Background

 Introduction

Ethiopian commenced its Structural adjustment program in the early 1990s. (G.C). The first task was to shift from the earlier command economy to a market oriented economy.

This entailed shifting the balance between state owned enterprises and the private sector in favor of the later. By the late 1990s (G.C) the policy reform of deregulation and liberalization of the government were more or less completed, subsequently the emphasis shifted to the institutional reforms.

Institutional reforms have been driven by the quest for fast economic growth and good governance. The focus has been on civil service and justice reform, decentralization and empowerment, and protection of human right. In particular, civil service and justice reform aim to improve transparency, accountability and efficiency while fiscal decentralization and decision making at the district level is expected to enhance public participation and development at the grassroots level.

The combination of liberalization and deregulation of markets and institutional strengthening of decentralization have significantly improved the conduciveness of the development environment

As it can be witnessed, the private sector, the small farmers, and unemployed urban youth and women have began to obtain the benefits through establishing microenterprises as well as through employment opportunities particularly in the construction sector- construction of roads, houses, telecommunication and hydro-electricity projects etc.

Taking in to account the achievements of the previous development efforts, the government of Ethiopia has launched and started implementing the growth and transformation plan (GTP) with stretched goals to be achieved in the period of 2010-2014. The GTP envisioned the completion of the structural change from agricultural led to industry led economy, through increased productivity in main economic activity, rapid expansion of social and physical infrastructure particularly focusing on rail ways, roads and supply of electric energy and ICT.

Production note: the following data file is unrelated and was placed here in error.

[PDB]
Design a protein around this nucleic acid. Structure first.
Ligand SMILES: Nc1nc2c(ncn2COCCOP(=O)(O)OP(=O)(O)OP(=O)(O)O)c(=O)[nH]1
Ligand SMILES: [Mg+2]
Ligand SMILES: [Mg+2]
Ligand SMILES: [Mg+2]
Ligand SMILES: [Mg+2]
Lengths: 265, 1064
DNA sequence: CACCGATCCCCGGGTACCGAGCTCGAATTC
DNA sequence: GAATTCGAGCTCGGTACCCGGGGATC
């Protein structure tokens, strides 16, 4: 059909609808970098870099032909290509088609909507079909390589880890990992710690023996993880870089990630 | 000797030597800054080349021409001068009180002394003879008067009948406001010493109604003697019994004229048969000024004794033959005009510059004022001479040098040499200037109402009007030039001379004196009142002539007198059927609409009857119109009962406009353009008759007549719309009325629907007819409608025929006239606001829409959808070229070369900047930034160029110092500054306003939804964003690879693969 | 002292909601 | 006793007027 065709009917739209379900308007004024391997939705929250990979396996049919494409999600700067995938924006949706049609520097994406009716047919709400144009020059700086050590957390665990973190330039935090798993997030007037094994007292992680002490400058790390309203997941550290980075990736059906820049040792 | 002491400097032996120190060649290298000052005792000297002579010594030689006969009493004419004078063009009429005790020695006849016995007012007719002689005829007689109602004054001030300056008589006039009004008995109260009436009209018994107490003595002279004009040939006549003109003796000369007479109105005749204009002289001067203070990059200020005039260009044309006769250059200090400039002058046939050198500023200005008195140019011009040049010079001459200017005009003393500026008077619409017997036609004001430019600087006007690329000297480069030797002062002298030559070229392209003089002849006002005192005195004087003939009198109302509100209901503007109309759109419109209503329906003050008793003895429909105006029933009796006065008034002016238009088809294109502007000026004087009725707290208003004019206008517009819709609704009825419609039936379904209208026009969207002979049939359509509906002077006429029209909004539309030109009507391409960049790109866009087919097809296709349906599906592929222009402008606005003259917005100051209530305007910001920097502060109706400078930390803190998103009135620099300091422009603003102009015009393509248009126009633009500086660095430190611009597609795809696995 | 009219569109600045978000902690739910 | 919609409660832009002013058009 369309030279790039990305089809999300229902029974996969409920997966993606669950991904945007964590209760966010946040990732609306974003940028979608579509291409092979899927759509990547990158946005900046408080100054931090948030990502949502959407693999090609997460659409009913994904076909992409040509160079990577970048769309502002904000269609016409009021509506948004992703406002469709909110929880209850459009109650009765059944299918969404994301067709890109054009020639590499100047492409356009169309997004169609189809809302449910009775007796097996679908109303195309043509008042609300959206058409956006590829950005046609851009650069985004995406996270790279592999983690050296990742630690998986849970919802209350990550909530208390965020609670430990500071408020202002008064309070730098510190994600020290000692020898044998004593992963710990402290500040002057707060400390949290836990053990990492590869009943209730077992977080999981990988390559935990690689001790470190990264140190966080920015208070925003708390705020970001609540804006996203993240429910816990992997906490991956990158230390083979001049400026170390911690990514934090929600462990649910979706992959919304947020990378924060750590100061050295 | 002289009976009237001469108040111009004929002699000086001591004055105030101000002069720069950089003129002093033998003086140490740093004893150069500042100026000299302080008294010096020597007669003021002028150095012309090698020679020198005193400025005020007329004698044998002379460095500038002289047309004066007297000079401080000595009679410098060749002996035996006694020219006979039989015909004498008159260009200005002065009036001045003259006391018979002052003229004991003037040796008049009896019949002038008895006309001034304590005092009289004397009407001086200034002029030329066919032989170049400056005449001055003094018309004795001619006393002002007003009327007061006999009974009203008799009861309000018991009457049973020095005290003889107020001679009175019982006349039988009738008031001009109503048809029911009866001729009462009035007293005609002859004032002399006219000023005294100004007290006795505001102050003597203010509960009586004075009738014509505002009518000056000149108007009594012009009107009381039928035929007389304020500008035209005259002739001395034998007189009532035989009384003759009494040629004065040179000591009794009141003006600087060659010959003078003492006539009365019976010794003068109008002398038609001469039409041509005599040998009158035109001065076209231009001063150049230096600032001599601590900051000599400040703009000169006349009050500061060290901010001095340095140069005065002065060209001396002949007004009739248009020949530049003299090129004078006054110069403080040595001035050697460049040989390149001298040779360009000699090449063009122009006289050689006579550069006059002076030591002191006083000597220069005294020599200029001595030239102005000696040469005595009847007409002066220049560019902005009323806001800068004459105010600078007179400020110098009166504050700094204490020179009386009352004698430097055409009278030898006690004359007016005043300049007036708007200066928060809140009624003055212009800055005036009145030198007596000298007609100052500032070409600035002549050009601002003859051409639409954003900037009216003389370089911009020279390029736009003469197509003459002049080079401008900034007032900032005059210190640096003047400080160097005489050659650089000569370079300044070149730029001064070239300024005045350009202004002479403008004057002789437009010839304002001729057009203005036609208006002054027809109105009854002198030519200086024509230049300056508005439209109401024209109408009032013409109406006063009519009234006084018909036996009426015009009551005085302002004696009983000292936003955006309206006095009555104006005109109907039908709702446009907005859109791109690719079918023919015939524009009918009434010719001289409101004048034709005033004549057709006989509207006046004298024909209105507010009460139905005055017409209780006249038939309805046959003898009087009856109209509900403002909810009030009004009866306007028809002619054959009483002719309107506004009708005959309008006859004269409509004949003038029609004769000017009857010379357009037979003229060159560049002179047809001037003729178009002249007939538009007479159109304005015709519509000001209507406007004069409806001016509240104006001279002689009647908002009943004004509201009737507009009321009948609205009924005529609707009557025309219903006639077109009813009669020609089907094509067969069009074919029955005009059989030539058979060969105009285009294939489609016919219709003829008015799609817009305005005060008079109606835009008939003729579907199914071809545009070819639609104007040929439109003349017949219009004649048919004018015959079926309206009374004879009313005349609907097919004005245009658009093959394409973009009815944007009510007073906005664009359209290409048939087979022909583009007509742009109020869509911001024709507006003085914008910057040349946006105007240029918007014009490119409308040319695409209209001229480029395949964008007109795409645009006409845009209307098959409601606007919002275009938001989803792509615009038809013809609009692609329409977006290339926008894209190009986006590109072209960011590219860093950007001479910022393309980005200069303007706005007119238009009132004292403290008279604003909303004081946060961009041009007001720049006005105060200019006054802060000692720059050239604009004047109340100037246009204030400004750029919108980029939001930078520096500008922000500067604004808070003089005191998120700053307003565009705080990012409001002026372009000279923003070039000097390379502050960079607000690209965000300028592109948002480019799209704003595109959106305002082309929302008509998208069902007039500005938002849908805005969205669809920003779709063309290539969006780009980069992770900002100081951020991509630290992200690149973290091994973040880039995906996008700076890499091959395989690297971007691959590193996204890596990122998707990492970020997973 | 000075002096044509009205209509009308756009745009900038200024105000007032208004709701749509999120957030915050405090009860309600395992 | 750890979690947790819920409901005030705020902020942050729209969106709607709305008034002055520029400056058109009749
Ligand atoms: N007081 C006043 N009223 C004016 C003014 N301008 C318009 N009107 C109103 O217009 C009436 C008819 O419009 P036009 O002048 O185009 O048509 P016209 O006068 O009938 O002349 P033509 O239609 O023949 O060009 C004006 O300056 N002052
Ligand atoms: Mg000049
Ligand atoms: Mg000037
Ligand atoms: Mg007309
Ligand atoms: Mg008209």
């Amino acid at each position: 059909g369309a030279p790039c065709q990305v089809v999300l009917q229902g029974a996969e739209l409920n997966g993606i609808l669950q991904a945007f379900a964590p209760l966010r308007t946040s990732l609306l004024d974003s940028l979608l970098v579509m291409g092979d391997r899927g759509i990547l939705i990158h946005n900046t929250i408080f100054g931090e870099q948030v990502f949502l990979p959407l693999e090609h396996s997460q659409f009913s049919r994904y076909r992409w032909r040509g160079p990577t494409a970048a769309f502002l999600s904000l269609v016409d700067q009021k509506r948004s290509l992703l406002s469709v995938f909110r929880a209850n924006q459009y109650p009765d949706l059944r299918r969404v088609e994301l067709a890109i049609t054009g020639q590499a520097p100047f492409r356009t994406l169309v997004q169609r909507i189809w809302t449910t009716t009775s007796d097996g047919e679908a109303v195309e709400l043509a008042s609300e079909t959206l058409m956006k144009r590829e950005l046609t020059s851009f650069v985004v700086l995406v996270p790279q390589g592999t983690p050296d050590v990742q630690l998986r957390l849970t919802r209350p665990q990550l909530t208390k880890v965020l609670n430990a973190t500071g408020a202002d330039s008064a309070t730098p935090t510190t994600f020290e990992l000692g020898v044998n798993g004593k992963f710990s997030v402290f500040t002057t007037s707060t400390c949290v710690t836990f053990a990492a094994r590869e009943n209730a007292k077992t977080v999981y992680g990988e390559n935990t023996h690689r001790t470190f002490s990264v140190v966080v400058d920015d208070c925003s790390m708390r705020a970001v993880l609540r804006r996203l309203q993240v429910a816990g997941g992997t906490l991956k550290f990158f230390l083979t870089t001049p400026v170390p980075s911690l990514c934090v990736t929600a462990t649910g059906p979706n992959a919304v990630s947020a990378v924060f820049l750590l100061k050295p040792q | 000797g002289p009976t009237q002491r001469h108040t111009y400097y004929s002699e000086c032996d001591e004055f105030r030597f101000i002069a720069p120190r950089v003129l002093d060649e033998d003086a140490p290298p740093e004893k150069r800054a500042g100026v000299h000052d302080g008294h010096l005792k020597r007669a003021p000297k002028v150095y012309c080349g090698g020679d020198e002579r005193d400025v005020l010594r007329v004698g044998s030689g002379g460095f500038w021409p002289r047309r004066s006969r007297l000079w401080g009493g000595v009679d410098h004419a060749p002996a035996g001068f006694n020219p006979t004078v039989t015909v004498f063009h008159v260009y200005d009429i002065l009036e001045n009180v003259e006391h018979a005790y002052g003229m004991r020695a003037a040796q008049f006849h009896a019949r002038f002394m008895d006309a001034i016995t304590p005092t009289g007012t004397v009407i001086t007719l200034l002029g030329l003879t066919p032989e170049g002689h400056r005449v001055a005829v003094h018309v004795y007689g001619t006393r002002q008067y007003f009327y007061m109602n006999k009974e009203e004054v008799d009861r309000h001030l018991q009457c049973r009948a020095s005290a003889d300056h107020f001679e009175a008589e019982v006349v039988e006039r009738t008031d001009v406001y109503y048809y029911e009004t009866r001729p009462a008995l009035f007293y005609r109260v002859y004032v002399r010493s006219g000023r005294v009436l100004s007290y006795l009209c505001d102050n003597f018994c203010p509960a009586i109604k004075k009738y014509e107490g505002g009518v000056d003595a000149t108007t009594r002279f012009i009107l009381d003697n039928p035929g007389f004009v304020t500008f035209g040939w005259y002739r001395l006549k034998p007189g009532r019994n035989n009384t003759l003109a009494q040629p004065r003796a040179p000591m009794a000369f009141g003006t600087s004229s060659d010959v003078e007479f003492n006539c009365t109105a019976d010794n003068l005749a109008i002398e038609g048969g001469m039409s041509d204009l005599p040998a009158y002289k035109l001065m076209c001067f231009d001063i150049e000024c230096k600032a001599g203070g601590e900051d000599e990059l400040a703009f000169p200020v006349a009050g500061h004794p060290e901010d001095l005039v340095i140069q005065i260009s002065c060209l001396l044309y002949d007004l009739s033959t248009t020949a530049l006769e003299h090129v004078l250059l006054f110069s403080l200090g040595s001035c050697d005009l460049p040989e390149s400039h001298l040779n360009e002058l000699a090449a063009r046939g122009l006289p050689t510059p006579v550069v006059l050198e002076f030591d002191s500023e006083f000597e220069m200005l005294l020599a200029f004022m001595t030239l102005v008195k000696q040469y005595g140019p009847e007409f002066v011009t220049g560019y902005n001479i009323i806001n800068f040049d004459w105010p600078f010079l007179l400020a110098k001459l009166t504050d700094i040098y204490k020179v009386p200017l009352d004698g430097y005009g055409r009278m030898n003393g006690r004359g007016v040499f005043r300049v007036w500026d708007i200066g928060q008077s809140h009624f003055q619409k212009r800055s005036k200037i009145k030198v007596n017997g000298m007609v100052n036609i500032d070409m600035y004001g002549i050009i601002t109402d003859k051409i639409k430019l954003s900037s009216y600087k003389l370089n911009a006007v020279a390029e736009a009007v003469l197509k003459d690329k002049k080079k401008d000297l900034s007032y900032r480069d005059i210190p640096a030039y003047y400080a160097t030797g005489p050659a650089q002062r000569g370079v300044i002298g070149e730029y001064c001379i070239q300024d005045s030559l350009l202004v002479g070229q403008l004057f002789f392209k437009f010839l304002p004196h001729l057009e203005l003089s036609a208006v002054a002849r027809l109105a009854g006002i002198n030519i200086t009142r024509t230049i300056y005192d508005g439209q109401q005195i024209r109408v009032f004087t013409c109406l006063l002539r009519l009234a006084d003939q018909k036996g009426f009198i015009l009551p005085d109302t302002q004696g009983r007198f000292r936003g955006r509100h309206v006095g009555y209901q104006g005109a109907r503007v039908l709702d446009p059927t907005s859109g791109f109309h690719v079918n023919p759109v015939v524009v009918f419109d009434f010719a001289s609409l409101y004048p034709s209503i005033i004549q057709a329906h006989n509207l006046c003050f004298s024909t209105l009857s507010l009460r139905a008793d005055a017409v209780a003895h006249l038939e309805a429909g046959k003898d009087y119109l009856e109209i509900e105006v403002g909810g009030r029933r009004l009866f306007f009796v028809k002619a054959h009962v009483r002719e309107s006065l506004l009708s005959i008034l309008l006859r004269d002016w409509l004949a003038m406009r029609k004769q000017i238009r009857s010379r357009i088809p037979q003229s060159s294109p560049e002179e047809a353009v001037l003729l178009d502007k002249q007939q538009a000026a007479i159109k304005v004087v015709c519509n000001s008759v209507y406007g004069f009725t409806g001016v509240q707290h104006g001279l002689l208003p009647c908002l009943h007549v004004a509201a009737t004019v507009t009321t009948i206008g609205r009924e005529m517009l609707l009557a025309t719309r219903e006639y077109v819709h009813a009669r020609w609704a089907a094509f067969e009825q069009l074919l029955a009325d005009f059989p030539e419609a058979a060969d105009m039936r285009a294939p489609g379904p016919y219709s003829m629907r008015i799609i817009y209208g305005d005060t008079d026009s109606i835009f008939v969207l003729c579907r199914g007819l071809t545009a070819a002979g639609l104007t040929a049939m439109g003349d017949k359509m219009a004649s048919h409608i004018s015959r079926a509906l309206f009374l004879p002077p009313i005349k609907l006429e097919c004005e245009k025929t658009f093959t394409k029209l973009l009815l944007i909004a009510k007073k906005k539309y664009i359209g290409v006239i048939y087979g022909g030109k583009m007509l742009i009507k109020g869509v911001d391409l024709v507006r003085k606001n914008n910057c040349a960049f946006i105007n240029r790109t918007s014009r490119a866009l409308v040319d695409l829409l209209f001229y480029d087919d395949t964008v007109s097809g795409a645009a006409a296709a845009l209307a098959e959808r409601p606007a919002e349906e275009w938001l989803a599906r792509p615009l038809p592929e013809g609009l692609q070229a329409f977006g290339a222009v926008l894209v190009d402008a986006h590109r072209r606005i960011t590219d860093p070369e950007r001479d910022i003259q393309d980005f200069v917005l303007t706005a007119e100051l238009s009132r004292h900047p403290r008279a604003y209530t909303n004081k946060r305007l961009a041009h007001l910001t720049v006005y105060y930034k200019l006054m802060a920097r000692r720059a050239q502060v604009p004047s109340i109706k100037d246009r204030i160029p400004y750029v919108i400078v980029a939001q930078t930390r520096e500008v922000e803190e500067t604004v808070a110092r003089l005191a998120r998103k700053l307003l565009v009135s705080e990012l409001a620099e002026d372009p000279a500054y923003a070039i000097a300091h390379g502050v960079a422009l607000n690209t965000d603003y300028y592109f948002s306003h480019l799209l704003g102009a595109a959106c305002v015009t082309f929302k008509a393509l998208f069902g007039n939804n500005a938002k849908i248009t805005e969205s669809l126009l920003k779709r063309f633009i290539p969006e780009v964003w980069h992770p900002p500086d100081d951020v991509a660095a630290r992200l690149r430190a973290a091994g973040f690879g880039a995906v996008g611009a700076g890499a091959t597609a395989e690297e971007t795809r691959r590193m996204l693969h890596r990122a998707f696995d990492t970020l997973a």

In GTP period the economy is planned to grow at annual average rate of 11% (base-scenario). Meeting this target by itself demands great deal of commitment and efforts of all development stakeholders of the country including our university Thus, this document is all about establishing Institute for Economic Research of Bahir Dar University- one of the dimensions which the University can contribute to the success of GTP in particular and development of the nation at large.

Stakeholders

IER is expecting to work closely with ANRS and its constituents and government of Ethiopia. Moreover, Business and Economics college of BDU and other universities, and their post graduate students, research institutions (local and international), private sector, local and international NGOS, multilateral and Bilateral organizations, and community based organizations are identified to be stakeholders/potential partners of IER